By: Maralee McKee
The McKee baby-making factory is out of business. I’d love to have another child, but after two babies, two miscarriages, and my youngest son’s dangerous birth and learning disabilities, Kent and I decided that if God leads us to add to our family, (I hope He does!) it will be through adoption.
Thinking about adoption has me talking to adoptive parents. And these parents, when they find out I write about etiquette have asked me to please share this information with anyone who will read it.
It seems that too often people speak before thinking when it comes to questions and remarks about adoptive and “real” children and their adoptive and “real” parents, or why one or more members of the family look a certain way or have a particular disability.
“Inquiring minds want to know!” use to be the tagline of the grocery store checkout line paper “The National Enquirer” known for its gossip, half-truths, and highlighting the unflattering in any situation. Adoptive parents have shared
It’s about being sensitive to adoptive families by avoiding questions we might find simply interesting, but they find intrusive at best, and often hurtful.
In our next post, we’ll look at adoption etiquette as it relates to announcements, parties, and showers, and how adoptive parents can respond to those insensitive questions.
1. The way an adoptive child entered a family, or why a family chose to adopt a particular child, is no more open to discussion than how your birth child entered your family. Can you imagine a stranger in line behind you at Target noticing your child and then asking without hesitation, “She’s so cute! So, how did she come about? Have a fight with your husband and make up?” Or “Get lost in the moment and forget your birth control?” I can’t imagine that would ever happen; at least let’s hope not.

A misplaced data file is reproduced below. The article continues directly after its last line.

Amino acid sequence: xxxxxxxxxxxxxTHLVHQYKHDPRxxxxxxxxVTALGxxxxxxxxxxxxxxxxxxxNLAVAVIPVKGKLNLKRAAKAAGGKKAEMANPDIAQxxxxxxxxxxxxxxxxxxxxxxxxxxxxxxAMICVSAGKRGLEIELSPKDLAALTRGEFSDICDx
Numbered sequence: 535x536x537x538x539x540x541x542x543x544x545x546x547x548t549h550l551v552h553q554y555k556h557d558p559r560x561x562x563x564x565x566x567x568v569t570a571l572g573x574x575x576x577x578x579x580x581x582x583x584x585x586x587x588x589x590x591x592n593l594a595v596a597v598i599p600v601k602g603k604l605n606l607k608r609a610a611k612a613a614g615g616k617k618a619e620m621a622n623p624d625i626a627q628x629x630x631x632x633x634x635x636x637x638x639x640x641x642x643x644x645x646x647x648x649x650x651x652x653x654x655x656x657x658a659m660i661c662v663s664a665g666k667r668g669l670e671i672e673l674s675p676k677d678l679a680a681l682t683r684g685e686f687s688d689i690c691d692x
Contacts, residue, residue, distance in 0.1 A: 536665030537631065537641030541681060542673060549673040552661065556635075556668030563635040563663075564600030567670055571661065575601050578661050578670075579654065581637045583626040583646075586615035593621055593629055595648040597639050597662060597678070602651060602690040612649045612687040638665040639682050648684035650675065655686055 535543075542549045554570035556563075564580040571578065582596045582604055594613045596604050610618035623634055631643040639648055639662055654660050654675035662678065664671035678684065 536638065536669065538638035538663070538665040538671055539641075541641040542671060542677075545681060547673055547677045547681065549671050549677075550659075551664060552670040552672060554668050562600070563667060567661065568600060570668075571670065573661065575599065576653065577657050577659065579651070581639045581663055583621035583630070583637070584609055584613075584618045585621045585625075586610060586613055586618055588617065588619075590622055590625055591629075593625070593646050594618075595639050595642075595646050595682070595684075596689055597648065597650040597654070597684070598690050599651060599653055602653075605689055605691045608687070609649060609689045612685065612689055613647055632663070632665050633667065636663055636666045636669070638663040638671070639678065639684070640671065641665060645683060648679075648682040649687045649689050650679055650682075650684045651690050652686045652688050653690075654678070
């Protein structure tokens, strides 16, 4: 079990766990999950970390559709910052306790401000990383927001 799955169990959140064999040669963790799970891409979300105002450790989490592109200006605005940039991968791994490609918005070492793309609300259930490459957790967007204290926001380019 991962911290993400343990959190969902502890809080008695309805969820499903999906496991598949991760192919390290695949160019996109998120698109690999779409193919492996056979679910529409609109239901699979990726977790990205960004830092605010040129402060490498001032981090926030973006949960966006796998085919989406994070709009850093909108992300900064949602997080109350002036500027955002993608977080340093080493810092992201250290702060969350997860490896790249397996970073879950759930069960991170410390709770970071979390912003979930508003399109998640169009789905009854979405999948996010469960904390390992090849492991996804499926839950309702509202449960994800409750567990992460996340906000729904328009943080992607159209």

Yet adoptive parents are bombarded with insensitive questions about how their child came to them and often in front of young children old enough to realize that strangers find their family “different” than other parents and children. “Where’s her real mom?” “How much did she cost?” “Couldn’t you have your own child?” “Why didn’t you adopt an American baby?”
We don’t live our lives on Oprah’s TV stage. Adoptive families aren’t any different. They shouldn’t be thought of as eager to take up residence there and tell their stories to everyone who asks. Some (probably a lot of) adoptive parents are eager ambassadors for adoption; yet on their schedules — not at the beck and call of strangers.
2. Different families tell their children their adoption stories at different ages. In the case of people adopting children of the same race, keep in mind that some children might not know they’re adopted. While you might disagree with children not knowing, it’s the parents’ decision.
And sometimes, younger siblings might not realize older siblings are adopted. Ask the parents privately before speaking openly to the children.
3. The adoptive mom and dad are the child’s real parents. Choose words that are sensitive to the subject, and don’t put a layer of separation between parent and child. One adoptive mom I interviewed when writing this post put it this way: “Real is not a good word. All the people in the adoption triangle are real. When someone uses that word for the birth parents, it makes the adoptive parents sound inferior. It can be especially harmful if adopted children or their siblings hear it. Use ‘adoptive mother’ and ‘birth father,’ etc., to distinguish individuals if there’s ever a reason to mention everyone.”
4. Don’t share adoption horror stories with parents who have adopted or are in the process of doing so. That’s the same as telling a pregnant woman about your 27 hours of hard labor. What good is done by it? Yes, sometimes children go astray as they grow up (whether raised by their birth parents or adopted parents), and an adopted child raised in the best of homes can turn out to have the same struggles of her birth parents 20 years earlier. However, for every story like that, there’s an inspirational story of destinies changed due to adoption.
Keep in mind, as Christians we’re all adopted into Christ’s family. What if He let our possible weaknesses and those of our parents decide while we were still children whether He would ever call us His own?
Join me soon for Part Two.
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